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Funny / Titus Andronicus

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  • Even Titus Andronicus has a moment that always brings the house down:
    • In scene (3.1) Aaron promises Titus two of his sons returned alive if he or one of his family will give the Emperor a hand. Literally. The request is definitely not funny—it's pointless and cruel—but the argument about whose hand will go is easily played for a laugh.
  • The latter half of Act 3, Scene 2:
    Titus: What dost thou strike at, Marcus, with thy knife?
    Marcus: At that that I have killed, my lord— a fly.
    Titus: Out on thee, murderer! ... Poor harmless fly, that with his pretty buzzing melody came here to make us merry, and you have killed him!
  • Then, when Marcus says that the fly reminded him of Aaron the Moor, Tamora's vicious lover, he stabs the already-dead insect multiple times. And then lampshades the impassioned foolishness of it all.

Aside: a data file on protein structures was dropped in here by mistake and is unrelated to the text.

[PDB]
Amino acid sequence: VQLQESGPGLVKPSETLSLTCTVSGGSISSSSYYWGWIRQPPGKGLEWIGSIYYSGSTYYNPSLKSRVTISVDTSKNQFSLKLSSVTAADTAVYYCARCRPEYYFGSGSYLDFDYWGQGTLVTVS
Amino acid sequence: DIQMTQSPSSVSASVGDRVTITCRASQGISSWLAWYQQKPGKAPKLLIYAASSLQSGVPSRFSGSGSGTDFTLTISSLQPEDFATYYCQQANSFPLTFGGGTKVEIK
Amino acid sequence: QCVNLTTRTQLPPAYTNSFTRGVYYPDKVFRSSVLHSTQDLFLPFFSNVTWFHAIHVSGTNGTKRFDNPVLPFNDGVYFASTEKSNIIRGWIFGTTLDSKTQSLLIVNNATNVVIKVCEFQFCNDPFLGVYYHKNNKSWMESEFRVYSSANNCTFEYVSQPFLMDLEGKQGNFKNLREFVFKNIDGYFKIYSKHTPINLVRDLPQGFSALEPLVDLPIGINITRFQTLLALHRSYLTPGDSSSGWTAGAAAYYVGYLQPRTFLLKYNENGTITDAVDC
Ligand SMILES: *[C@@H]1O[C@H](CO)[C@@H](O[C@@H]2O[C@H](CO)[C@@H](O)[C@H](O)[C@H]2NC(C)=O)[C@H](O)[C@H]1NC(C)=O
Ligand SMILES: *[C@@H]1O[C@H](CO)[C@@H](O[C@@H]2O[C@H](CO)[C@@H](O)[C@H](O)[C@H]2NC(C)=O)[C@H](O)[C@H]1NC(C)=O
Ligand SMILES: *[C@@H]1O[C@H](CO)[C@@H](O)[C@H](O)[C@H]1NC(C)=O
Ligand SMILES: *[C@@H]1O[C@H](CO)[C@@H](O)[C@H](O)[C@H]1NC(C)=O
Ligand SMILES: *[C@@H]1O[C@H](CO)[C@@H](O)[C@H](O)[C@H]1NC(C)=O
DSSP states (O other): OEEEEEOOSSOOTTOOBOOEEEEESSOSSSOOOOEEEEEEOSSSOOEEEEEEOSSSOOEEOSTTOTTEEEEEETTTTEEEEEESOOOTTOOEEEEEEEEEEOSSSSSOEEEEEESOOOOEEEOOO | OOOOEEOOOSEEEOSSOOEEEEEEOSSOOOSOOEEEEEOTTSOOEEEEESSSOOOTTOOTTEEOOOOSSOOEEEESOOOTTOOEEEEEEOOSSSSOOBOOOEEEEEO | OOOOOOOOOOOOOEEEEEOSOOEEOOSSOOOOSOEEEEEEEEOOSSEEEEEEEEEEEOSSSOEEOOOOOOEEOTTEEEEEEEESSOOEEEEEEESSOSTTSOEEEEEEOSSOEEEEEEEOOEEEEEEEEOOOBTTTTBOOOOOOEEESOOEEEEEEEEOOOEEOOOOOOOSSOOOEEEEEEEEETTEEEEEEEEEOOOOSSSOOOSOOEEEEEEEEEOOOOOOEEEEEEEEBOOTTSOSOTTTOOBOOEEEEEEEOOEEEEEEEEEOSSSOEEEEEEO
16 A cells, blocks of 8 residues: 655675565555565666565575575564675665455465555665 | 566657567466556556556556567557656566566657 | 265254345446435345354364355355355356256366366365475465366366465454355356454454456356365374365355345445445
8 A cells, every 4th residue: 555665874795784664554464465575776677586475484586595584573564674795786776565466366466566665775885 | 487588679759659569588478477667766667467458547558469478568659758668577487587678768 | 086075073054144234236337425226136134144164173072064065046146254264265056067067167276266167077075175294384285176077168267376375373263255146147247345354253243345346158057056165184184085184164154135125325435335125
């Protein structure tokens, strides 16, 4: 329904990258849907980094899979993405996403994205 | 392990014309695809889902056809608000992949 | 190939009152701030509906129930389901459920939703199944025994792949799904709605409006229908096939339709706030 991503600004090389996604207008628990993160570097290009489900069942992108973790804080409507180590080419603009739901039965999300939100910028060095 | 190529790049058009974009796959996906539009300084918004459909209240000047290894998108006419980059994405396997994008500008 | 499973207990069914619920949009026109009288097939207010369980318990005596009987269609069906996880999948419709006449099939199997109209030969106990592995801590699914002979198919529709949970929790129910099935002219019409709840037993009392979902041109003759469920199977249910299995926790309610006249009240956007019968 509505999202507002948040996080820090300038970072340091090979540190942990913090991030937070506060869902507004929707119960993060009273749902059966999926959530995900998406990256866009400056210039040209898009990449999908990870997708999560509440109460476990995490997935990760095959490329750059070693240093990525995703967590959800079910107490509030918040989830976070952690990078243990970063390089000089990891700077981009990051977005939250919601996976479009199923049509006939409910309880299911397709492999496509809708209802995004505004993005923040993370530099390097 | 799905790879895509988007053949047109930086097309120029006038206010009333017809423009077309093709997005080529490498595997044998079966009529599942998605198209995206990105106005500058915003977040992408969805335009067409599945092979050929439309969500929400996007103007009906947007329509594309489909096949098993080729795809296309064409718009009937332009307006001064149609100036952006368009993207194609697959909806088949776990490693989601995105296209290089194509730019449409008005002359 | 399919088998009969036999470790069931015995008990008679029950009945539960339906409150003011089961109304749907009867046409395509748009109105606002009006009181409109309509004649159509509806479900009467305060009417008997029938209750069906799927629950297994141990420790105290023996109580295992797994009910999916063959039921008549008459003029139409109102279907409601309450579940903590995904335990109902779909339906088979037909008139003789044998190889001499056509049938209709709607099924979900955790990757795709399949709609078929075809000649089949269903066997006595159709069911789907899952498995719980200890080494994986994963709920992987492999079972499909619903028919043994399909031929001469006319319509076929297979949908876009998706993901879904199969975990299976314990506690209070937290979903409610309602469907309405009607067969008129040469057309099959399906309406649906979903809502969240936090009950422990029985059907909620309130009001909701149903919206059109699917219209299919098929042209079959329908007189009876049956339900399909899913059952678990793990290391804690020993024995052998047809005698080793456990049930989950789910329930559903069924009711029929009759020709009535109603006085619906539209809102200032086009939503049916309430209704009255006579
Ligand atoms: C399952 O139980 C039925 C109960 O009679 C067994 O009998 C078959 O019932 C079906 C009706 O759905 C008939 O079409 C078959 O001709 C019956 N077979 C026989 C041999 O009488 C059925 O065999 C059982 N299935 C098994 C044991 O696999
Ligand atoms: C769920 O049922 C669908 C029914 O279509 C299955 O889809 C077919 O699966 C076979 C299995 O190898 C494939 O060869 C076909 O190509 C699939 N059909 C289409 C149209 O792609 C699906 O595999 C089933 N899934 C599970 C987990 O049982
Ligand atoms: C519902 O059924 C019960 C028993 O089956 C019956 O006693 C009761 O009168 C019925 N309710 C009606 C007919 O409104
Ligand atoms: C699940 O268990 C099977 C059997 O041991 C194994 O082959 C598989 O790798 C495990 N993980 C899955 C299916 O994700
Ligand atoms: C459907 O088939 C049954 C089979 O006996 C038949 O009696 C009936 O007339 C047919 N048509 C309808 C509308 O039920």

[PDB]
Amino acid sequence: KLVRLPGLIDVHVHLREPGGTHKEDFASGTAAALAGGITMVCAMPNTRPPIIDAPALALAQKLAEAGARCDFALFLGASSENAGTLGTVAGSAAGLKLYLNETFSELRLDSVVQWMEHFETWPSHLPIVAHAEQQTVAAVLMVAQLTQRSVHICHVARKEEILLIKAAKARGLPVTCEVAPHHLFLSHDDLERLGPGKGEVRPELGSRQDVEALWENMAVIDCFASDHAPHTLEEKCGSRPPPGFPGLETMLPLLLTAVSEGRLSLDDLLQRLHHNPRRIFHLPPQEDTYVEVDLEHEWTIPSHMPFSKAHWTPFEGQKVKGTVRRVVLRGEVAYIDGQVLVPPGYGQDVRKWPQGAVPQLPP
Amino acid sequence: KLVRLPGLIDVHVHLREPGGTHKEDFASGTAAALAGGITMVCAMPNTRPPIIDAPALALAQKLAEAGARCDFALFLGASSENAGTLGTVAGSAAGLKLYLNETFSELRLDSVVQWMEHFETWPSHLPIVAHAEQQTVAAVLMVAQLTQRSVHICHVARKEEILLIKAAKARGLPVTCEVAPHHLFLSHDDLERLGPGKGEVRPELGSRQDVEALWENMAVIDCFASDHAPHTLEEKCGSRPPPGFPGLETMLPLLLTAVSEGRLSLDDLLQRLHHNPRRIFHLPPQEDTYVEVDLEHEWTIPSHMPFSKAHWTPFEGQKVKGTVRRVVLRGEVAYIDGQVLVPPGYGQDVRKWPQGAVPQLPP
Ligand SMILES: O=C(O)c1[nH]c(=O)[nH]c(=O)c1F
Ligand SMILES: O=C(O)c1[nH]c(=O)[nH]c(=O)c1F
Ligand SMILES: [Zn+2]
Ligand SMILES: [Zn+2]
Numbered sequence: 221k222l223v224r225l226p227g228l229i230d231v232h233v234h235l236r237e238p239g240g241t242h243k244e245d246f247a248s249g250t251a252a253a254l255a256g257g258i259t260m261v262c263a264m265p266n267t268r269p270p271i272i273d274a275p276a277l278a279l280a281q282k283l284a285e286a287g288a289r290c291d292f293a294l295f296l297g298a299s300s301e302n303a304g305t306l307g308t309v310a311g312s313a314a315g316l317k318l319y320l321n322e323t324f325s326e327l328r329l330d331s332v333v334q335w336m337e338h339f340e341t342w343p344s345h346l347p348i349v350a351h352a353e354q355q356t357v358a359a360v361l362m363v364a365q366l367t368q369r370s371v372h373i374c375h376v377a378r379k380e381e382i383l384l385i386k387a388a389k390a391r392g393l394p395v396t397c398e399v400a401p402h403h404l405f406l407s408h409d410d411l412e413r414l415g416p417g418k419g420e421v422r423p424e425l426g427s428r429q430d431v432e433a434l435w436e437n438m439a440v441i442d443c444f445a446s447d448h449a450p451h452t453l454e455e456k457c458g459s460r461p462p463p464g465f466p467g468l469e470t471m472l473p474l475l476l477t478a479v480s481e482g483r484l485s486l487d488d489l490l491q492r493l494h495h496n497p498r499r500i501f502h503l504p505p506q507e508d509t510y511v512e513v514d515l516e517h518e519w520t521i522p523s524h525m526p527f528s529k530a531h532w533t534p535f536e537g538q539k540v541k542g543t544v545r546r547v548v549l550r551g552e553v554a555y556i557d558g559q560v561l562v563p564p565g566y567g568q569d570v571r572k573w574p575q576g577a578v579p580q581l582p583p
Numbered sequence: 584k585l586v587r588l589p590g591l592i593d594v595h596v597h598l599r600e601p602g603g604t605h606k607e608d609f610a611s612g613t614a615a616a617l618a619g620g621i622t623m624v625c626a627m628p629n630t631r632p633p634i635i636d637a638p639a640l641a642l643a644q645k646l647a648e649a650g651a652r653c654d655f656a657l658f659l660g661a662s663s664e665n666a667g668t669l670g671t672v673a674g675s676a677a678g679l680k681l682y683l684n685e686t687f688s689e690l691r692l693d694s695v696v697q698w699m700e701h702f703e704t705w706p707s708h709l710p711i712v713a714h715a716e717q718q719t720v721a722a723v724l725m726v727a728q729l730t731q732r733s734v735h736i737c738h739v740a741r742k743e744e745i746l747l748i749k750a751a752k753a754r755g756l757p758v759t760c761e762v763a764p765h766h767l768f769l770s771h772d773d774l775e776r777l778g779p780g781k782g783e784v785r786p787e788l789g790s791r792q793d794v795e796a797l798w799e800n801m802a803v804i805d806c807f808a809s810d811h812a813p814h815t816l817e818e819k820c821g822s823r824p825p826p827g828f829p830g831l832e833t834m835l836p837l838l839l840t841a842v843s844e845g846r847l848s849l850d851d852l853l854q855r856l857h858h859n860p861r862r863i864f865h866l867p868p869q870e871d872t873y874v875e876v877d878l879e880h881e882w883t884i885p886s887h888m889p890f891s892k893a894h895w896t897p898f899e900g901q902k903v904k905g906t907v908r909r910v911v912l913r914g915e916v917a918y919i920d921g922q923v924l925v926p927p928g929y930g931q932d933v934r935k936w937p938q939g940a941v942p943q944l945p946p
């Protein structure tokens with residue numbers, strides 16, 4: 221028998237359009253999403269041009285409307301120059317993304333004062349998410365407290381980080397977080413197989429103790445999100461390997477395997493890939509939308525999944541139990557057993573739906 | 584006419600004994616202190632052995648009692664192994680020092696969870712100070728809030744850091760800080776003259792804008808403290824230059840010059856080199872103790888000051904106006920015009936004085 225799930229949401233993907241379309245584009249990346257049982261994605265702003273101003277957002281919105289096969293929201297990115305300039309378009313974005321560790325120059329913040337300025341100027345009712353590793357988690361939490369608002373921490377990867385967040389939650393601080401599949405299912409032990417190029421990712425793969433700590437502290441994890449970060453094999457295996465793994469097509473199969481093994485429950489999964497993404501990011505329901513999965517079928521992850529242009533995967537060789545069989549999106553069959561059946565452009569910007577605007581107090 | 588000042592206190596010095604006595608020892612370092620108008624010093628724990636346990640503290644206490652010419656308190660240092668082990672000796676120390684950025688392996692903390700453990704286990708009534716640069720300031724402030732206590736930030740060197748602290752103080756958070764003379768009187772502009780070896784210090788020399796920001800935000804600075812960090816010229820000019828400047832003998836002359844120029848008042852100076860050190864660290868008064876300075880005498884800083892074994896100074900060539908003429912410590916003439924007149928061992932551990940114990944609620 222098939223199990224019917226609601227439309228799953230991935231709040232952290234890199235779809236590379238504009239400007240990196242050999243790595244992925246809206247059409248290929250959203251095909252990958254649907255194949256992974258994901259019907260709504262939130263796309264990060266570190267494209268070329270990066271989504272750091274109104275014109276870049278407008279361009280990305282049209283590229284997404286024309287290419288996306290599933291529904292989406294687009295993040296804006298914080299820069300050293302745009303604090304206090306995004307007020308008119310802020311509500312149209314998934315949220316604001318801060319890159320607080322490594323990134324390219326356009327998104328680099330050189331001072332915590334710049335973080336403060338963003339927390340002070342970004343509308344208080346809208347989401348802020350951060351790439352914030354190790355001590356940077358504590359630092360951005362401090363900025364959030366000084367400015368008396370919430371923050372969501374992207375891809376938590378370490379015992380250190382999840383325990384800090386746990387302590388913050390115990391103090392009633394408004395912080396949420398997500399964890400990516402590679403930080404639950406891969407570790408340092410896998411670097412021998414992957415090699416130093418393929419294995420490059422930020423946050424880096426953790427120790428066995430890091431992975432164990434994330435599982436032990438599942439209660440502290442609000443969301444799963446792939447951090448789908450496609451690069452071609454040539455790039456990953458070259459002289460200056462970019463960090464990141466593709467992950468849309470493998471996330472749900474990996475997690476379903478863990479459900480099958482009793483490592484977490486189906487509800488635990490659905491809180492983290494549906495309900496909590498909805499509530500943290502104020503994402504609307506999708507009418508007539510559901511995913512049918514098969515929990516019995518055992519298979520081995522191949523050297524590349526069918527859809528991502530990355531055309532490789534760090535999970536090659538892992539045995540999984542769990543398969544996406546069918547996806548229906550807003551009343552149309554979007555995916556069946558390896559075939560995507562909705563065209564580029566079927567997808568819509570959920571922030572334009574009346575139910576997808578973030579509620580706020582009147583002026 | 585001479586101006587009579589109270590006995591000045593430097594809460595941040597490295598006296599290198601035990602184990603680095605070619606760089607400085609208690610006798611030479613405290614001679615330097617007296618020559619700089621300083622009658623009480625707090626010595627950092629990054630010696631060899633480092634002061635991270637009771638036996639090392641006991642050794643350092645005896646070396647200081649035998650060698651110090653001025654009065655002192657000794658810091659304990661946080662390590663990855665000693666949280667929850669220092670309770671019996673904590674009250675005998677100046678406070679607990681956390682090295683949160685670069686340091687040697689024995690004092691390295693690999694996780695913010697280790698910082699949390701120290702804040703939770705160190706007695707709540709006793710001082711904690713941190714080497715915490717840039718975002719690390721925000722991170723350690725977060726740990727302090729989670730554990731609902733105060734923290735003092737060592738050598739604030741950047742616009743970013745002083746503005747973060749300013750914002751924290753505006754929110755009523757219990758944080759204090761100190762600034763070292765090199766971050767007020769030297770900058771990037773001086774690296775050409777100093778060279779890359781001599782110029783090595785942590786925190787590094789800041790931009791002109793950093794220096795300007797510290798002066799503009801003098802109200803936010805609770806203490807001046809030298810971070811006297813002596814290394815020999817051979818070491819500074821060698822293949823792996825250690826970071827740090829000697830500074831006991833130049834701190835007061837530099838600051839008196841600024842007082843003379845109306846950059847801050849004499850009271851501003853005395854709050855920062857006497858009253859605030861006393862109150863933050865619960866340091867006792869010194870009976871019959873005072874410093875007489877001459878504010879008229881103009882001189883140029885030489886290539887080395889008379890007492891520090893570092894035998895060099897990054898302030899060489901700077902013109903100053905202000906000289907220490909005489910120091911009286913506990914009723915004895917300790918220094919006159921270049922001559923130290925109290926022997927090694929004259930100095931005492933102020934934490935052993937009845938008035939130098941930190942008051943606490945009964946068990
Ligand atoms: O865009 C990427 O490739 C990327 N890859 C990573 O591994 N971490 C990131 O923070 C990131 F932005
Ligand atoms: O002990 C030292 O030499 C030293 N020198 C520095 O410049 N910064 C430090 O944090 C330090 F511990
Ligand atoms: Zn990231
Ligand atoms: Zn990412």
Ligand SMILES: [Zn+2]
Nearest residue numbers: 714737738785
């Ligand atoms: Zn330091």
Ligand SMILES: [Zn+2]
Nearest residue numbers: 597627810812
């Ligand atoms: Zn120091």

• The above sequence was added some years after the play was originally written, and it has always seemed to me to be a tongue-in-cheek jibe by the author at the sensationalism of his early work.
  • This priceless exchange:
    Chiron: Villain, what hast thou done?
    Aaron: That which thou canst not undo.
    Chiron: Thou hast undone our mother!
    Aaron: Villain, I have done thy mother.